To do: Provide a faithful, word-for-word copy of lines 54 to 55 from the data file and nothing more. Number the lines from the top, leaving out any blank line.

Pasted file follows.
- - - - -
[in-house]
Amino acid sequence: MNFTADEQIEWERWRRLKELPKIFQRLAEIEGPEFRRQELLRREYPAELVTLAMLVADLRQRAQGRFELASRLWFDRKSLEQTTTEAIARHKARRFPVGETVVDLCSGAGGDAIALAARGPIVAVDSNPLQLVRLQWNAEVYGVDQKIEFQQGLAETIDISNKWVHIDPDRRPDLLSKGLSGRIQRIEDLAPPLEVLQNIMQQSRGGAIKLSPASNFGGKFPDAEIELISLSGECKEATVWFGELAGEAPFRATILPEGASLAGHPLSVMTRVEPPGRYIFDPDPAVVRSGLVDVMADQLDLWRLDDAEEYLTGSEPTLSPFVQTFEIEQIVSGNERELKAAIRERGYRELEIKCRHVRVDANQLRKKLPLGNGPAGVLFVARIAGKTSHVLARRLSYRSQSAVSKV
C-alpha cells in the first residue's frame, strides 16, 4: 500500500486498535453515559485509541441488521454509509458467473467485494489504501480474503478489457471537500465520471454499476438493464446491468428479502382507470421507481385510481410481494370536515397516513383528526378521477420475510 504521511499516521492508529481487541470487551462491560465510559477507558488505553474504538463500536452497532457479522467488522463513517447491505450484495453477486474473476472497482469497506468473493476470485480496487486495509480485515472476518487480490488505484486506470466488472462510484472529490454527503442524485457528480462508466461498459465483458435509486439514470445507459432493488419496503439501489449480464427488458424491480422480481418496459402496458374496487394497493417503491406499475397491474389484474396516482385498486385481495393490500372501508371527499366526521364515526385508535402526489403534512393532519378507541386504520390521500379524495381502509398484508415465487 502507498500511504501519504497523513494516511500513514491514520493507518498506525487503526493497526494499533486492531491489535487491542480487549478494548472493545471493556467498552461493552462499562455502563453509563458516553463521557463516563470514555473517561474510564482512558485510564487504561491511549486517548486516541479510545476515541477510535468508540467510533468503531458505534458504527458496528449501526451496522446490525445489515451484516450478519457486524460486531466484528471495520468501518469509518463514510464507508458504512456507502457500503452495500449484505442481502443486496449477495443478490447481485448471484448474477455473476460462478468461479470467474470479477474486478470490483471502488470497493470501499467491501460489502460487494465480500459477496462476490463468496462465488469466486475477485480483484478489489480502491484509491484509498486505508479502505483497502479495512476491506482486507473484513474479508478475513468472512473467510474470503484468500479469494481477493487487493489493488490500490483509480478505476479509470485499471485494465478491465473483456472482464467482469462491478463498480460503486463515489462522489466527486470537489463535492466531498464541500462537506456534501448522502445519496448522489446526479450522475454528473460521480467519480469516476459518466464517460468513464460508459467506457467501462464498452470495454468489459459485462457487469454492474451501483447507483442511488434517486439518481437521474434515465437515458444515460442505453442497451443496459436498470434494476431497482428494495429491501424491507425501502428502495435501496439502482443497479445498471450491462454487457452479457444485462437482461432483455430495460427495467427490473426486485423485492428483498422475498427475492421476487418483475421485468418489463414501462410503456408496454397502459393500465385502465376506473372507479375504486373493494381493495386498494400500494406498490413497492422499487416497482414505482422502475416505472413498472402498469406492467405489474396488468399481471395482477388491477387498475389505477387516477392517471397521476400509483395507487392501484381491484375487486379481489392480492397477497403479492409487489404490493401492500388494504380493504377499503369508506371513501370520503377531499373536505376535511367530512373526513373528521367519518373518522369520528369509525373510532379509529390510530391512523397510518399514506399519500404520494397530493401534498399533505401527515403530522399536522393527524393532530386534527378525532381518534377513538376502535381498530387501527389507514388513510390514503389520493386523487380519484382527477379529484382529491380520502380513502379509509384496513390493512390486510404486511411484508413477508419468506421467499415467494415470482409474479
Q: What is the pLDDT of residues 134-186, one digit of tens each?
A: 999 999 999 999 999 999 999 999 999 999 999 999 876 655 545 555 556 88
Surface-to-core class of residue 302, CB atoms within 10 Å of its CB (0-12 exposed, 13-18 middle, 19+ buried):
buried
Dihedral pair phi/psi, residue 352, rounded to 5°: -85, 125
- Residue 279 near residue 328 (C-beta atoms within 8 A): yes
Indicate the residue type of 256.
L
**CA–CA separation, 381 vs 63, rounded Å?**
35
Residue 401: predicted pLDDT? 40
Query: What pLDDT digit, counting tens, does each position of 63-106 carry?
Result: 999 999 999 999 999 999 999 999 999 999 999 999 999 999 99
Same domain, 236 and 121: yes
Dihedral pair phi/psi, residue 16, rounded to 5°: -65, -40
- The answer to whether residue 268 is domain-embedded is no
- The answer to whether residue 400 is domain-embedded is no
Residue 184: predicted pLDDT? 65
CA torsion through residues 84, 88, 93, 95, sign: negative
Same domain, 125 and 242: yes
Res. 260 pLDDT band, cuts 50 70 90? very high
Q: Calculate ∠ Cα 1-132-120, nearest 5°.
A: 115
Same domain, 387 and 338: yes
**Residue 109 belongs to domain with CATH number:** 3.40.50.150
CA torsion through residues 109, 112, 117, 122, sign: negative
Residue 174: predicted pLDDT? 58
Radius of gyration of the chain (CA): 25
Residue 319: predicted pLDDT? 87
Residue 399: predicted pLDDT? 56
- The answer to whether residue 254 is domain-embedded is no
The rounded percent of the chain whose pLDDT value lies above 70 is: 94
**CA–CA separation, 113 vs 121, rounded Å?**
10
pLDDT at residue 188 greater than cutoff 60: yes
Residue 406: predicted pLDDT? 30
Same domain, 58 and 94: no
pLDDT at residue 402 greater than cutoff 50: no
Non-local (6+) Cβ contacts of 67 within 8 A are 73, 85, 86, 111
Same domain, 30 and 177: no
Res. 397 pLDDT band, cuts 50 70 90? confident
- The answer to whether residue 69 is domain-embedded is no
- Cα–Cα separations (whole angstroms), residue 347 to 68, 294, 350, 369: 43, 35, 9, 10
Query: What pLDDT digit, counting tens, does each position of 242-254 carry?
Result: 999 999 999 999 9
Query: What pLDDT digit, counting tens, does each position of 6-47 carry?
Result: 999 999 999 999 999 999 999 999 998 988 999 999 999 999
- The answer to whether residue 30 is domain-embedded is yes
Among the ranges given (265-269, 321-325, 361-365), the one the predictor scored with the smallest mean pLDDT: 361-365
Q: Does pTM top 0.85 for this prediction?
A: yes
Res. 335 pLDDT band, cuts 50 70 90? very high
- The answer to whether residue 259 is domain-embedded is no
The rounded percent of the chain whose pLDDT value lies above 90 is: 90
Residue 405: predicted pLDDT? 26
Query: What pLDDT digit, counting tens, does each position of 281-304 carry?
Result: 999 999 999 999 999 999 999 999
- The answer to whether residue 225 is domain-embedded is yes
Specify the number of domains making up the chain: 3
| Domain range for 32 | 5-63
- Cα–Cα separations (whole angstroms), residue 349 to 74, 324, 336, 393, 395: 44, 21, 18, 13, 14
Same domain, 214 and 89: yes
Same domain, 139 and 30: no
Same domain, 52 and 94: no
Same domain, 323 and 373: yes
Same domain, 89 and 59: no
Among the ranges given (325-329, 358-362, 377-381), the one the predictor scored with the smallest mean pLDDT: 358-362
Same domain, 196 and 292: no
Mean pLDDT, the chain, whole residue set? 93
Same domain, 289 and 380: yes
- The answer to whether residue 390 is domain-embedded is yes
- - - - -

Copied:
A: yes
Res. 335 pLDDT band, cuts 50 70 90? very high